To Be Jobless In America

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Moreover, Keynesian economics and the political changes it brought about altered the way the unemployed reacted psychologically and emotionally. If the state claimed to have the power to create jobs by its manipulations, as well as the right to deliberately cause workers to lose jobs, then those who lost the jobs were unlikely to blame themselves for their idle state. The logic of Keynes’s argument permeated the consciousness of thousands who never had read a word he wrote. As a result, the tendency of the unemployed of the thirties to consider themselves somehow responsible for their unfortunate condition, the tendency that puzzled and exasperated social scientists like Bakke and radicals like Matthew Josephson, weakened greatly in the postwar years. Being unemployed certainly remained seriously disturbing; it was no joke. But the typical attitude of those without work was expressed by one unemployed man whose benefit payments had been withheld because of a disagreement about his eligibility. “I feel,” he told a reporter, that “these people are just holding me back from something I deserve.”

This attitude surely represented an improvement over that of the jobless of earlier times, but there was a certain irony in the situation. At a time when protection against unemployment was more and more considered to be a right, events were demonstrating that the government did not have the ability to keep everyone at work. For a decade or more after World War II the new economic mechanisms functioned smoothly. The number of idle Americans ranged mostly around four per cent of the work force, roughly what experts considered full employment, and it never remotely approached the rates of the 1930’s. Inflation troubled some economists (and more consumers), and unemployment among blacks, youths, and people without much education was ominously high; but these problems seemed manageable.

In the late 1960’s, however, the rate of inflation began to quicken, pushed up by world shortages of raw materials and the enormous budget deficits resulting from President Lyndon B. Johnson’s unwillingness to call attention to the huge costs of the war in Vietnam by seeking a tax increase. By the early 1970’s an alarming new term, “double-digit inflation,” was entering the lexicon of economics. Still worse, unemployment increased along with prices, in direct violation of the “laws” of Keynesian economics. Then the Arab oil embargo of 1974 and the subsequent quadrupling of petroleum prices further disrupted the economy. The United States experienced a bad recession, by far the worst economic downturn since the Great Depression.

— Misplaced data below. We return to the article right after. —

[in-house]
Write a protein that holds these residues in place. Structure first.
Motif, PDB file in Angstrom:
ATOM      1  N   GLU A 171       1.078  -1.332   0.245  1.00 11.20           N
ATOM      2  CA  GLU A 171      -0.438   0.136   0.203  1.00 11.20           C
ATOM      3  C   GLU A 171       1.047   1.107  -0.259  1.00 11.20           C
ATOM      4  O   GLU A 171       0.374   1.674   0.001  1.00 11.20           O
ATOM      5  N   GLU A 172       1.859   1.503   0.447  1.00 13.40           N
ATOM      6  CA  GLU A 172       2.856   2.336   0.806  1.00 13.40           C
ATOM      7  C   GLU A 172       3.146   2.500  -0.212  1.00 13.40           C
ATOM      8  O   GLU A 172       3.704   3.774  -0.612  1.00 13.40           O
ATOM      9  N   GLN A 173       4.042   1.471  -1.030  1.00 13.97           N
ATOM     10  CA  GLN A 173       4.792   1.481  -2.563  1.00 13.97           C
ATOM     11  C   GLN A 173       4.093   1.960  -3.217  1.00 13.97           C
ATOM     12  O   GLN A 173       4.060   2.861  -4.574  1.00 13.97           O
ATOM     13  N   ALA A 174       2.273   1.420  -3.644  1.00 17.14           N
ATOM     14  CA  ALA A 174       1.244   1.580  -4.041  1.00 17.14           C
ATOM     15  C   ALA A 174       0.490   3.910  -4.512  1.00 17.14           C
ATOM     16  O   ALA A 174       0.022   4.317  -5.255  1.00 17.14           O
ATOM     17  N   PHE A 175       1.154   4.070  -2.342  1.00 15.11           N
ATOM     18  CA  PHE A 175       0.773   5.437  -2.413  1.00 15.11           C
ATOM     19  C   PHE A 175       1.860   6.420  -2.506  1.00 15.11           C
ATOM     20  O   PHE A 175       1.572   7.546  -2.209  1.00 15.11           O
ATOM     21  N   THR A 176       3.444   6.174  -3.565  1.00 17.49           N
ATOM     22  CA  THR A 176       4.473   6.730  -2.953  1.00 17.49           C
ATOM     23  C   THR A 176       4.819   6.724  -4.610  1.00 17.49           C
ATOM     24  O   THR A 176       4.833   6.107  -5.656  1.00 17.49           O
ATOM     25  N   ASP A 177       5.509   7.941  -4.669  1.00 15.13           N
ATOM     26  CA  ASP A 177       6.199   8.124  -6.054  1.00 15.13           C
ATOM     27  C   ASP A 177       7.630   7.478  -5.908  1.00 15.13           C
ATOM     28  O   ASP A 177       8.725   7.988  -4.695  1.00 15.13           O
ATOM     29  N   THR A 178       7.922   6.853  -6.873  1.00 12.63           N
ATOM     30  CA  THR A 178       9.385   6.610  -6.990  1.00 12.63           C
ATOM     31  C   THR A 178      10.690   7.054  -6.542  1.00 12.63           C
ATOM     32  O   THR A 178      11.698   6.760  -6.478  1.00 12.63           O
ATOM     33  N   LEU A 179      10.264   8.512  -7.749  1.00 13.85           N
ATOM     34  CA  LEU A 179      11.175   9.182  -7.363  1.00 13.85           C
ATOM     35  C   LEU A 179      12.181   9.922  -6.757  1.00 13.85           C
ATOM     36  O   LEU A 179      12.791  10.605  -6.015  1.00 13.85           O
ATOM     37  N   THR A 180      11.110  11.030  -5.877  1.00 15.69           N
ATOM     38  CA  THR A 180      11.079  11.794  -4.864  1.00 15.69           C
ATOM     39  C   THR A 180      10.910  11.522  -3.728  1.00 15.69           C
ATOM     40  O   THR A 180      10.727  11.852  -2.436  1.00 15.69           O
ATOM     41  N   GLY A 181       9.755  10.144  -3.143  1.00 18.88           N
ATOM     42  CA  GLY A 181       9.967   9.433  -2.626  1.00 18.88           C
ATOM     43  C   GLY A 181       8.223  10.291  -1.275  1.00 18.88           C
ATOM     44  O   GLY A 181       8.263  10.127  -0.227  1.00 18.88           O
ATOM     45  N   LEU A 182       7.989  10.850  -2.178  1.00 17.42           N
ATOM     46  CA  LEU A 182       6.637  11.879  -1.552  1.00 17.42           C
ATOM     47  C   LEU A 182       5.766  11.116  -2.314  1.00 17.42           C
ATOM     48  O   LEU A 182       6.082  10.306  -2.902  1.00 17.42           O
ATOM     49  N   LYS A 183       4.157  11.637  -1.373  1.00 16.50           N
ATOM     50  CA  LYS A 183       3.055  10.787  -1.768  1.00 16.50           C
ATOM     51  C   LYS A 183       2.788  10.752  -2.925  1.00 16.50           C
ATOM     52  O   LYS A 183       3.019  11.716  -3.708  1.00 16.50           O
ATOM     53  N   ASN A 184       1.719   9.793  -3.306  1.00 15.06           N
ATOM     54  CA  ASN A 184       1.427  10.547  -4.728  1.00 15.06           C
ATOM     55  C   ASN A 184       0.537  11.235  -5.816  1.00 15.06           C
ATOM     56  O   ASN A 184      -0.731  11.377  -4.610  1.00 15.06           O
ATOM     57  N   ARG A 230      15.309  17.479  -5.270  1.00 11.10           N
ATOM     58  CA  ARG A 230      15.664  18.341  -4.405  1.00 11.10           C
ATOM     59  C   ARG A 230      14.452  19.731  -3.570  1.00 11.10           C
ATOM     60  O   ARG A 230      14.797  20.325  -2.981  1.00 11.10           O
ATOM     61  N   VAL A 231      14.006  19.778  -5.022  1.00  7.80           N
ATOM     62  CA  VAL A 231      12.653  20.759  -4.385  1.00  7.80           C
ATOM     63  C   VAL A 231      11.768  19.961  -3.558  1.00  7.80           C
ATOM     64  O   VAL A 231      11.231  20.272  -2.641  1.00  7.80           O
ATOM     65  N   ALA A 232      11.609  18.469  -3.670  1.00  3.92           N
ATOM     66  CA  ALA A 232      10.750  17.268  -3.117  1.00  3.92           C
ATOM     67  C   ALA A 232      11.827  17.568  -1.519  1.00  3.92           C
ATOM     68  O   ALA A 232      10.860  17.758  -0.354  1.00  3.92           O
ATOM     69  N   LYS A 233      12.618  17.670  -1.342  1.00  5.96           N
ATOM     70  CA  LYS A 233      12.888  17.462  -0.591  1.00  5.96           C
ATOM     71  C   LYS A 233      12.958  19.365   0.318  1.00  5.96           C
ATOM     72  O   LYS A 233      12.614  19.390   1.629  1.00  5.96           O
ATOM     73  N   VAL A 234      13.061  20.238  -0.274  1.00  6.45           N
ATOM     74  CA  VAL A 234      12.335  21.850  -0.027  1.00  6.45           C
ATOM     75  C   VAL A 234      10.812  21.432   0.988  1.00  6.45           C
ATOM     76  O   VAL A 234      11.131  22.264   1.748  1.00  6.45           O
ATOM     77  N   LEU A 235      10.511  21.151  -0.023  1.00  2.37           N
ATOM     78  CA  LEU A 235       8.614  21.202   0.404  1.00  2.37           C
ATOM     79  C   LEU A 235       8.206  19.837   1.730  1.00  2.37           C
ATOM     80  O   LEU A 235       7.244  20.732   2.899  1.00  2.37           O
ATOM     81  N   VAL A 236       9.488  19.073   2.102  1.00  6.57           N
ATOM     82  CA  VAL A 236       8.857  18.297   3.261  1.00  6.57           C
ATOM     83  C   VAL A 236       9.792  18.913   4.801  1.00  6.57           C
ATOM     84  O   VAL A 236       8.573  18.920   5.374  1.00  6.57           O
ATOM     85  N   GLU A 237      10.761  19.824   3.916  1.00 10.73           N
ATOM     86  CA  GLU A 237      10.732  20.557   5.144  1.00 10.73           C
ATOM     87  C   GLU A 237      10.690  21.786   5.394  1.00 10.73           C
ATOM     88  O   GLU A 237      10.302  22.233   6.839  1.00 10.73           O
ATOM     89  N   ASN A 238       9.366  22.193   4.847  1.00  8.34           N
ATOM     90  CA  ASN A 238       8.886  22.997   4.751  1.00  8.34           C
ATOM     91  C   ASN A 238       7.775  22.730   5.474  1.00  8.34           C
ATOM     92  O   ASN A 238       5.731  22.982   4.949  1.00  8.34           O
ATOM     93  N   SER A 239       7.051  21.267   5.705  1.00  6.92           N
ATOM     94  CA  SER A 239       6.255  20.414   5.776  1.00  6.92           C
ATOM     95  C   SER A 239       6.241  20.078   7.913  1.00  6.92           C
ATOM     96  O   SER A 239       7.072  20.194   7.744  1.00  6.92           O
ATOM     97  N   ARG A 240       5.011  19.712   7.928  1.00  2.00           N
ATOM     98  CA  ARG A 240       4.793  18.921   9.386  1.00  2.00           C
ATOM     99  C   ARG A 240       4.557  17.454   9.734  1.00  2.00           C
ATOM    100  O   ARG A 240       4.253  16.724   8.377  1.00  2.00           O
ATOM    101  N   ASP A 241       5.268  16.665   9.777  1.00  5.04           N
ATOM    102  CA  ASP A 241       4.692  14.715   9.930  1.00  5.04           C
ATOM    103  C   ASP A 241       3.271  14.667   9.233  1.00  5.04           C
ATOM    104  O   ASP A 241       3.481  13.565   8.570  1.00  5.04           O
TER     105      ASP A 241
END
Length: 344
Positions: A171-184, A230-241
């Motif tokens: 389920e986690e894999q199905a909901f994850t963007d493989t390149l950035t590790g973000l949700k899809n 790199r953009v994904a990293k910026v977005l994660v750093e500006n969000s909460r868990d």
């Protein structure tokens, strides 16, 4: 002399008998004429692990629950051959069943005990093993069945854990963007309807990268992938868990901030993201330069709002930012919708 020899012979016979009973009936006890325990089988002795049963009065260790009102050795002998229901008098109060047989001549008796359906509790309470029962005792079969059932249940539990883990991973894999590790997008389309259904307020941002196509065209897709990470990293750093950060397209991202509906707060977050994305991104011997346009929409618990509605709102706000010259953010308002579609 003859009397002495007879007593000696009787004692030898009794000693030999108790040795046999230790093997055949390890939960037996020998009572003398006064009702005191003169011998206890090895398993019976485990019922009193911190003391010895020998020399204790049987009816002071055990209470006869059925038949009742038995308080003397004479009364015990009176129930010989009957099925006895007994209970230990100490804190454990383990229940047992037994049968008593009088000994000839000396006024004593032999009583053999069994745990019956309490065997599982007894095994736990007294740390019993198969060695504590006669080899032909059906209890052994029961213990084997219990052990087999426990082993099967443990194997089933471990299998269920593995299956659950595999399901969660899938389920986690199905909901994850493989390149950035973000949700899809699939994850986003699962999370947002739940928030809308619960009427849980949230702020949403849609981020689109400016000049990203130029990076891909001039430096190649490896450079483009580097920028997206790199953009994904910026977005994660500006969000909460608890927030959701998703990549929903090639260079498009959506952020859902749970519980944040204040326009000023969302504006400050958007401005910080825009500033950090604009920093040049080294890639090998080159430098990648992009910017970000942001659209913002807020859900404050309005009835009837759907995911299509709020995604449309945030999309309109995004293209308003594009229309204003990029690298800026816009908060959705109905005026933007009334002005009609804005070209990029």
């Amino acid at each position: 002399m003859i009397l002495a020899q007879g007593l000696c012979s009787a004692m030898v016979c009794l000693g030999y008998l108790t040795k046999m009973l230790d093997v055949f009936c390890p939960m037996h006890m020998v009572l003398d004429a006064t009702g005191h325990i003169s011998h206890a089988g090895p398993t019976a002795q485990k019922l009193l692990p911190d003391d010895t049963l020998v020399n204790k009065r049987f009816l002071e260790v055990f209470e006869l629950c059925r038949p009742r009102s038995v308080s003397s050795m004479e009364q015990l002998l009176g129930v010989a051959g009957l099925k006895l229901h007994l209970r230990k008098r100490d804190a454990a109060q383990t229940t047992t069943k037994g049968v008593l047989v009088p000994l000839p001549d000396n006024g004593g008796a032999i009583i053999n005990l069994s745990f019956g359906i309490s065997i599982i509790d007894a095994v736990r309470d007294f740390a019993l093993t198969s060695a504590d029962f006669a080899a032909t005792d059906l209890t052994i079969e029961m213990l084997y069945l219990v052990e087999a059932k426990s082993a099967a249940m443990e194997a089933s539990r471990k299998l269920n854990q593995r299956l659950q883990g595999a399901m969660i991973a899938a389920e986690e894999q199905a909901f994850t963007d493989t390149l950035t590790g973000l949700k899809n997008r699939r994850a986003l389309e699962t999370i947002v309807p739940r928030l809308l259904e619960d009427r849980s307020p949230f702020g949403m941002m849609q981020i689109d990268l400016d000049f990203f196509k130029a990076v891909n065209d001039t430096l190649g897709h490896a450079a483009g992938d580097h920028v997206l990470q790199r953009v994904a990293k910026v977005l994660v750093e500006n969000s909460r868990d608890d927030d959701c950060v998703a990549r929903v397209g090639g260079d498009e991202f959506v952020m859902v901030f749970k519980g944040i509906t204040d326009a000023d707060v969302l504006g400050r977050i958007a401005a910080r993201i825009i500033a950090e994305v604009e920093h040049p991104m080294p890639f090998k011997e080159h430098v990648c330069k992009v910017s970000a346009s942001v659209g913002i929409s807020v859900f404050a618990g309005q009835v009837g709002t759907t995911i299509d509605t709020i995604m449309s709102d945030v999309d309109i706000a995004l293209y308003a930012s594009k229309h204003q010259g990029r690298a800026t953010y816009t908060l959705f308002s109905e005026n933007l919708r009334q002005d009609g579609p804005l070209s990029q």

Unemployment rose abruptly to about nine per cent; then, as the economy recovered, it fell back with agonizing slowness, remaining for month after month in the seven to eight per cent range. To deal with the large number of jobless people who needed larger dollar benefits to keep up with inflation and who were idled for longer periods of time, Congress extended benefit periods and increased the size of weekly grants. Soon there was little relationship between what the unemployed were taking out of the system and what they and their employers had paid in; in other words, the system ceased to be actuarially sound and therefore it no longer insured, in the sense of “made certain.” When, in May, 1977, President Carter proposed that general federal revenues be used to bolster the shrinking insurance fund, it was no longer possible to ignore what was happening. A second great irony was now apparent: while workers were finally coming to accept unemployment insurance payments without shame or self-doubt, the “insurance” was in fact becoming a euphemism for public charity or welfare.

Then there was the question of whether or not freeing the jobless from irrational guilt and self-doubt was having unintended side-effects. Was the system actually increasing unemployment? Nineteenth-century theorists had been sure that insurance would do so, both by siphoning off resources from the “wages fund” that supposedly financed all payments for labor, and by satisfying the urgent needs that otherwise forced unaided unemployed people to search for work. The first of these notions was long ago exploded by economists, but as presently constituted, the insurance system does sometimes come close to encouraging idleness.

Conditions vary from state to state, but because benefit payments are never subject to income tax, the difference between the take-home pay of a worker and the spendable income of the same person when collecting unemployment insurance can be quite small. Peter Passell, the economist, has offered a striking example. Take a family of four in New York State, the husband and wife each holding down jobs paying $190 a week. Such a family’s after-tax income would be about $270 a week. Suppose the wife lost her job. She would draw $95 a week in unemployment benefit, but since the money would not be taxed, and because the family’s tax bracket would also be substantially lower, the actual income available to the family would be reduced by only $30 a week. “Thirty dollars a week isn’t much of an inducement to look for work,” Passell comments, adding that particularly for middle-income workers in cyclical industries where relatively brief layoffs are common, the tendency when discharged is to sit back and wait to be rehired rather than to search hard for a new post.